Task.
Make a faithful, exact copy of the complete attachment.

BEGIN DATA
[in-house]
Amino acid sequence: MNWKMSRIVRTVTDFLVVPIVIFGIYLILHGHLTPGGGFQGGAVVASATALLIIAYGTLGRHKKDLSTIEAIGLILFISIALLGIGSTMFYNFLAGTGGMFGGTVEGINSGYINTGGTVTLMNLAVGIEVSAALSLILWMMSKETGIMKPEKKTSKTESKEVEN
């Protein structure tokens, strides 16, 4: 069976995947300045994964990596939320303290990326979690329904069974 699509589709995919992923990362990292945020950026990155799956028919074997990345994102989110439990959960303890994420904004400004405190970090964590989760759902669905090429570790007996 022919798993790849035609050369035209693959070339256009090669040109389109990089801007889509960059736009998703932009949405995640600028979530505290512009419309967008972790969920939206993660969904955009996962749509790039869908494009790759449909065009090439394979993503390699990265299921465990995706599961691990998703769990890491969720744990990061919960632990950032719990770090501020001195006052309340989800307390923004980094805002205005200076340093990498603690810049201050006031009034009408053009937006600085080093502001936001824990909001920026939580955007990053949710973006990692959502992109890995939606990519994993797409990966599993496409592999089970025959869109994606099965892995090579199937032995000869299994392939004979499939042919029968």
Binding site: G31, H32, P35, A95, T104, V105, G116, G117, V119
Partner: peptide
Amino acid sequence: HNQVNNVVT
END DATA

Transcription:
[in-house]
Amino acid sequence: MNWKMSRIVRTVTDFLVVPIVIFGIYLILHGHLTPGGGFQGGAVVASATALLIIAYGTLGRHKKDLSTIEAIGLILFISIALLGIGSTMFYNFLAGTGGMFGGTVEGINSGYINTGGTVTLMNLAVGIEVSAALSLILWMMSKETGIMKPEKKTSKTESKEVEN
């Protein structure tokens, strides 16, 4: 069976995947300045994964990596939320303290990326979690329904069974 699509589709995919992923990362990292945020950026990155799956028919074997990345994102989110439990959960303890994420904004400004405190970090964590989760759902669905090429570790007996 022919798993790849035609050369035209693959070339256009090669040109389109990089801007889509960059736009998703932009949405995640600028979530505290512009419309967008972790969920939206993660969904955009996962749509790039869908494009790759449909065009090439394979993503390699990265299921465990995706599961691990998703769990890491969720744990990061919960632990950032719990770090501020001195006052309340989800307390923004980094805002205005200076340093990498603690810049201050006031009034009408053009937006600085080093502001936001824990909001920026939580955007990053949710973006990692959502992109890995939606990519994993797409990966599993496409592999089970025959869109994606099965892995090579199937032995000869299994392939004979499939042919029968």
Binding site: G31, H32, P35, A95, T104, V105, G116, G117, V119
Partner: peptide
Amino acid sequence: HNQVNNVVT